-- I understand -- a peace agreement for all of Bosnia. It's something narrower than that. What?

A: Right now, what we are trying to negotiate is, one, a cessation of hostilities agreement for Sarajevo that will lead to compliance with the UN conditions that were imposed by General Janvier. That's what's being worked on now. If we achieve that, then we will move forward to a comprehensive peace agreement in the Balkans. So it's a multi-step process.

Q: When did the 12-hour period begin?

A: You'll have to check with NATO on that -- on the timing of the pause.

Q: Given what you know about potential agreements in the future, what can you say overall about the effectiveness of NATO's bombing campaign?

A: I think the bombing campaign has been highly effective. The bombs have been remarkably accurate -- much more accurate than the use of precision-guided munitions were in DESERT STORM. We, I hope, will have for you relatively soon some statistical information on the accuracy of the precision-guided munitions.

You have to remember what the goals of this campaign were. We set out to win compliance with some conditions imposed by the UN commander, General Janvier. We did not set out to win a war. We did not set out to inflict damage on the population of the Serbian sections of Bosnia. Nor did we set out to destroy the Serbian army, the personnel of the Serbian army. These have been very precise bombing attacks that have been directed against command and control facilities, air defense facilities, logistics facilities, ammo dumps, etc. Those attacks have succeeded one, in stopping the shelling of Sarajevo and the other safe areas, and they have also succeeded in opening -- in a de facto way -- in opening supply routes to Sarajevo, because now supplies are moving forward.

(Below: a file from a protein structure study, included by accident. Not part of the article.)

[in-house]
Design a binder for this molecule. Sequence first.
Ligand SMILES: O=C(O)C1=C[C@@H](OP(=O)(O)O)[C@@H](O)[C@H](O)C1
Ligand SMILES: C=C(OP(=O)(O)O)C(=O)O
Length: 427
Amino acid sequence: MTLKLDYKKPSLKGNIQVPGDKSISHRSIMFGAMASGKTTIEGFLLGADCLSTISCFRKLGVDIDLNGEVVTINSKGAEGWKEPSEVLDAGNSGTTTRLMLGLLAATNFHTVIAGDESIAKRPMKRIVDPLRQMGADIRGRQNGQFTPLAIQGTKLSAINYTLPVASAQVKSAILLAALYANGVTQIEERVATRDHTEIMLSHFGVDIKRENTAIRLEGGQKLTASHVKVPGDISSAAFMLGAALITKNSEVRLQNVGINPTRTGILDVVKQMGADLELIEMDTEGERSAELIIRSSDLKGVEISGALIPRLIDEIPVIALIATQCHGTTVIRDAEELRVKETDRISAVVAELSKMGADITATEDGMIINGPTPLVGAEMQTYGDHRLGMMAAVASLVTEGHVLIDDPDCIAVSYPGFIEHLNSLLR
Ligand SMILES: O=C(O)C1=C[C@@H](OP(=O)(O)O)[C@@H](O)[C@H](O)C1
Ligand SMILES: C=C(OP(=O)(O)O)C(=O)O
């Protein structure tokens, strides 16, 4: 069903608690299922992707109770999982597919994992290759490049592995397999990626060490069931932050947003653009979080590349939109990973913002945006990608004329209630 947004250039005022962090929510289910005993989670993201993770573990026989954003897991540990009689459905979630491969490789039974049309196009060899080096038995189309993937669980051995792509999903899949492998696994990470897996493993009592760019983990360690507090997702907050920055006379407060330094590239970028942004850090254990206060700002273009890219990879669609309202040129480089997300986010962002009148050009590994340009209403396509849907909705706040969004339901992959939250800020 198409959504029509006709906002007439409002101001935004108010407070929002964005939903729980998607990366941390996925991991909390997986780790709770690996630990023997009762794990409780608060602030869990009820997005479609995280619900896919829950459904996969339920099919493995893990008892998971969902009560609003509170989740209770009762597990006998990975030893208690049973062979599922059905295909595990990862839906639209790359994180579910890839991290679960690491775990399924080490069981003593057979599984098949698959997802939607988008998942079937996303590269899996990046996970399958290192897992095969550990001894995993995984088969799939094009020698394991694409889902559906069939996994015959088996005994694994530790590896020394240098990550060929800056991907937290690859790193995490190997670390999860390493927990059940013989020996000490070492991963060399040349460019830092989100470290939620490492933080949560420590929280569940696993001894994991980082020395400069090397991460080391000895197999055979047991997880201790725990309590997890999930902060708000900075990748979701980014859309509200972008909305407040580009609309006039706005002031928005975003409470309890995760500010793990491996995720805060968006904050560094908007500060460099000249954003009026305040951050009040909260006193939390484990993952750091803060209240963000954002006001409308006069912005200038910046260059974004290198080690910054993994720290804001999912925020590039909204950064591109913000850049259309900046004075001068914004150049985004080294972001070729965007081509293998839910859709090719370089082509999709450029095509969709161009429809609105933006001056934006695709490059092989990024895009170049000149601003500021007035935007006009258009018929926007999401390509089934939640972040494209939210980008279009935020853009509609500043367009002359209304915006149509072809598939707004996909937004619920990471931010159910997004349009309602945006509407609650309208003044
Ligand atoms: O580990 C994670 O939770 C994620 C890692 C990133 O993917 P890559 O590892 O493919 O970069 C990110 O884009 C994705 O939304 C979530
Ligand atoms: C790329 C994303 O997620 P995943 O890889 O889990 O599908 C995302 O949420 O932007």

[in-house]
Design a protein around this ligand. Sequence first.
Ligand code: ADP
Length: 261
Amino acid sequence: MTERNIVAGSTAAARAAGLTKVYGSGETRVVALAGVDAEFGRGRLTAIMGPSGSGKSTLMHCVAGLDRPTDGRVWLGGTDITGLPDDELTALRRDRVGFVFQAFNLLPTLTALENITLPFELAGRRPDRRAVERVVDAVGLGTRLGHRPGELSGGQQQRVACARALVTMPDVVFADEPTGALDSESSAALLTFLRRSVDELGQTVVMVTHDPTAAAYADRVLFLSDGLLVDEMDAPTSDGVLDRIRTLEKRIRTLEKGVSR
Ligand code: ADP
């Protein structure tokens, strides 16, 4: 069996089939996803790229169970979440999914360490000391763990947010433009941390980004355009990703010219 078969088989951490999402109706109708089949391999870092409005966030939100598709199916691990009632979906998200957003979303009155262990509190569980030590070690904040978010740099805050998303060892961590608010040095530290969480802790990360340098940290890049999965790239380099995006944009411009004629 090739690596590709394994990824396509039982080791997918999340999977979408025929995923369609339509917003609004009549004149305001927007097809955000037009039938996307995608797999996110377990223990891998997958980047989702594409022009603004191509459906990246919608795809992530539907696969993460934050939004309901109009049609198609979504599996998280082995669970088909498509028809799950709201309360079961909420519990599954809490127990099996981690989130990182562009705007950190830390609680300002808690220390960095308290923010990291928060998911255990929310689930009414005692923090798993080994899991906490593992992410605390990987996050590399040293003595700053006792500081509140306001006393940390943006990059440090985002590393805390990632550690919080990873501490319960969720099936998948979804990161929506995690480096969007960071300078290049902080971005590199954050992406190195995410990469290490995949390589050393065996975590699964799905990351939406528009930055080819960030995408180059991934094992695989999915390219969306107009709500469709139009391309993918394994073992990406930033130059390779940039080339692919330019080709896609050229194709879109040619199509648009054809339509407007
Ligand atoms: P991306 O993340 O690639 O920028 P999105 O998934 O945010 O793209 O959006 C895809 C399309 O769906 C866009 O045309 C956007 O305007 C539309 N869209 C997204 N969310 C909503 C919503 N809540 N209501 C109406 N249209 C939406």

It is our hope that we will get a formal agreement that will codify what's already happened in a de facto way. But I think there is no doubt that the bombing raids have put a lot of pressure on the Bosnian Serb military force, and they have basically prevented it from engaging in the type of maneuvers that it was able to carry out back in June, July and August. By degrading the air defense system in Bosnia -- the Bosnian Serb air defense system -- we've given ourselves great freedom to fly over areas of Bosnia, and therefore to prevent movement or attacks by the Bosnian Serb forces. This has had a major impact on the Bosnian Serbs.

Q: Can you give us any expected timeframe on when you expect getting out of this? If it's a relatively brief...

A: I cannot.

Q: I'm sorry?

A: I'm not giving you details on what we hope for. These are ongoing negotiations. Right now, we have to give the negotiators as much freedom and flexibility as we can to continue their negotiations.

Q: Secretary Perry, apparently today, in public comments gave a guesstimate of the number of troops it would now take to enforce a comprehensive peace agreement. If that happens, I think he said it would be roughly two to three NATO divisions, of which two or three brigades might be made up of U.S. combat troops. Can you translate that at all into sort of numbers of troops? What kind of rough figures are we talking about? What's two to three brigades?

A: First of all, there are no precise figures right now. The reason is, the number of troops we'll have to commit for a peace implementation force will depend on what type of peace agreement we're able to win, if we win a peace agreement, if we succeed. And Secretary Perry said today he is cautiously optimistic -- with the emphasis on the word optimistic -- that we will be able to reach a comprehensive peace agreement.